Best Practices for Effective Planning
Over the years, I’ve conducted hundreds (if not thousands) of strategic planning sessions—in my own firm and as a consultant. Based on this experience and other best practices observed in the RIA industry, I’ve come up with some tips for strategic plan development:
- Involve stakeholders: Engage team members at all levels of your organization to gain diverse perspectives and foster a sense of ownership and commitment to the strategic plan.
- Conduct market research: Stay informed about industry trends, regulatory changes, and client preferences to ensure that your strategic plan reflects the evolving landscape, addressing emerging challenges and opportunities.
- Continuously review and refine: Strategic planning is an ongoing process. Regularly review and update the plan to adapt to changing circumstances and optimize outcomes. This also helps to keep you and your team accountable.
- Communicate and educate: Share the strategic plan with the entire team, ensuring that everyone understands the firm’s direction, goals, and their individual roles in achieving them. Effectively communicating the plan can unify your team toward the goals.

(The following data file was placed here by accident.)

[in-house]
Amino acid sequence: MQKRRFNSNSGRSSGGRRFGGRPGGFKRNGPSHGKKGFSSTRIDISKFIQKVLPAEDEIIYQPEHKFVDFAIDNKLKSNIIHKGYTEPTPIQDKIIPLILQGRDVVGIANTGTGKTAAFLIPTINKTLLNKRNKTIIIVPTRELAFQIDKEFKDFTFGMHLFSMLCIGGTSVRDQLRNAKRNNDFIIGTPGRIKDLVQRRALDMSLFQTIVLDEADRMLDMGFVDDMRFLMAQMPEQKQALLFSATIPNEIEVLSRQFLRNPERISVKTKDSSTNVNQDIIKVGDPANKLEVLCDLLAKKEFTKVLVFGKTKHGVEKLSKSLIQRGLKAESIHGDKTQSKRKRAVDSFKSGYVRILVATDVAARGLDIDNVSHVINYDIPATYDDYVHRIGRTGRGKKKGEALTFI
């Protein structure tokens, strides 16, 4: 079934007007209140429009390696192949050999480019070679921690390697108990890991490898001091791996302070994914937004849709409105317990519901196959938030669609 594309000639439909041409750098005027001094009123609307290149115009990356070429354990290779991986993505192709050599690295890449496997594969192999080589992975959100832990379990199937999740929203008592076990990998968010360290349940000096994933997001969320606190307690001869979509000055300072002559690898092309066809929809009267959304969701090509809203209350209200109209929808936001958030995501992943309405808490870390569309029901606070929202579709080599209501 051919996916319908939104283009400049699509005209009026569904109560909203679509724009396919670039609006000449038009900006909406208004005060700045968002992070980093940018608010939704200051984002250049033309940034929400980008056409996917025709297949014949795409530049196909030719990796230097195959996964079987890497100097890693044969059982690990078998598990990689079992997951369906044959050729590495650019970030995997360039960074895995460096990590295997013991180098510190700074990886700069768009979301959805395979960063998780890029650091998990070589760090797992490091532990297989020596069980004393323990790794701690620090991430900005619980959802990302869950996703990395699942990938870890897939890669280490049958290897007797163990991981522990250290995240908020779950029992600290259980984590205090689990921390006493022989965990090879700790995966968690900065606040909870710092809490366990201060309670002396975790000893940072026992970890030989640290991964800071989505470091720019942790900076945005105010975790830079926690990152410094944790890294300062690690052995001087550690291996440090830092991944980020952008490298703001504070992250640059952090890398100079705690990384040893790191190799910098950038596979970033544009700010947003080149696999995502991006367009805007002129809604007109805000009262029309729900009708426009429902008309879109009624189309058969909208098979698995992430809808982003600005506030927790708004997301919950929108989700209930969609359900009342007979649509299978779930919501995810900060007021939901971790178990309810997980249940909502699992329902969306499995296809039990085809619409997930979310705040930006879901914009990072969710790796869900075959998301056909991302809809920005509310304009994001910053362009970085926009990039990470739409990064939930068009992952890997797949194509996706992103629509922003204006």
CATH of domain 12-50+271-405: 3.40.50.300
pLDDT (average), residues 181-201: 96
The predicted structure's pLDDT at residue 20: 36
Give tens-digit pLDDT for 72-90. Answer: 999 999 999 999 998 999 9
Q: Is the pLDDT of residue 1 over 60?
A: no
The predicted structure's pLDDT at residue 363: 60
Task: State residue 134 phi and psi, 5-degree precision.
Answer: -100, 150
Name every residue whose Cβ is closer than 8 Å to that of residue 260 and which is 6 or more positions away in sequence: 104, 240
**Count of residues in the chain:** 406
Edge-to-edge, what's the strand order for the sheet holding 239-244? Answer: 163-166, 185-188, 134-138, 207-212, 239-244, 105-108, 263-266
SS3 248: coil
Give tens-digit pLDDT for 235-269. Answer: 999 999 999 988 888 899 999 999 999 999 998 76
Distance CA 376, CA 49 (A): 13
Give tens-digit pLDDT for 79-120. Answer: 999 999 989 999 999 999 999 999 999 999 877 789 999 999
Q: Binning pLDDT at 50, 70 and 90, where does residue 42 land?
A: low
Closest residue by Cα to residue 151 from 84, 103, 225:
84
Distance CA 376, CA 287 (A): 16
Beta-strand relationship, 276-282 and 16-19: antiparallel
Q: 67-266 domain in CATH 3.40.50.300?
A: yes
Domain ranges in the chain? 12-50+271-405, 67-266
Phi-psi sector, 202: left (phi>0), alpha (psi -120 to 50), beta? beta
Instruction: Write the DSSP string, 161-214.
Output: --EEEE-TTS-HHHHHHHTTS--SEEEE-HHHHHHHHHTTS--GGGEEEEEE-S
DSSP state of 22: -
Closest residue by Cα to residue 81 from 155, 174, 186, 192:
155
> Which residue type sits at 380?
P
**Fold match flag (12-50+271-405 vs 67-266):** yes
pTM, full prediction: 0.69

- Measure and track progress: Establish key performance indicators (KPIs) and metrics to assess the progress and impact of the strategic plan. Regularly monitor and evaluate performance against these benchmarks to make informed adjustments as needed.
- Embrace flexibility: While a strategic plan provides a roadmap, it’s important to remain adaptable and open to adjustments based on new information or unforeseen circumstances. Remaining flexible enables you to take advantage of new opportunities and to navigate unexpected challenges.
Friends, the eight-figure exit is attainable. However, it’s highly unlikely you’ll get there through happenstance. Instead, you must be intentional about the direction of your firm. By looking forward and creating a plan you can reach your desired outcome. I challenge you to hire a coach to come alongside you. Doing so will cost you money. I get that. However, they will help you avoid the biases you have so you can get out of your own way. An outside consultant can help you drive toward real value growth.
Look, I know life is hard, but life is good. The thought of strategic planning in the midst of an already full schedule is frustrating. But it doesn’t have to be. By bringing your team together, working with a coach, and viewing your firm through the lens of your competitors, you can make planning for the eight-figure exit, at least financially simple. Hey, let’s go out and make it a great day.
Proper and effective strategic planning is a lengthy and difficult process. Don’t try to go through it on your own. Reach out to our team. We have advisors who do this every day and are ready to help you!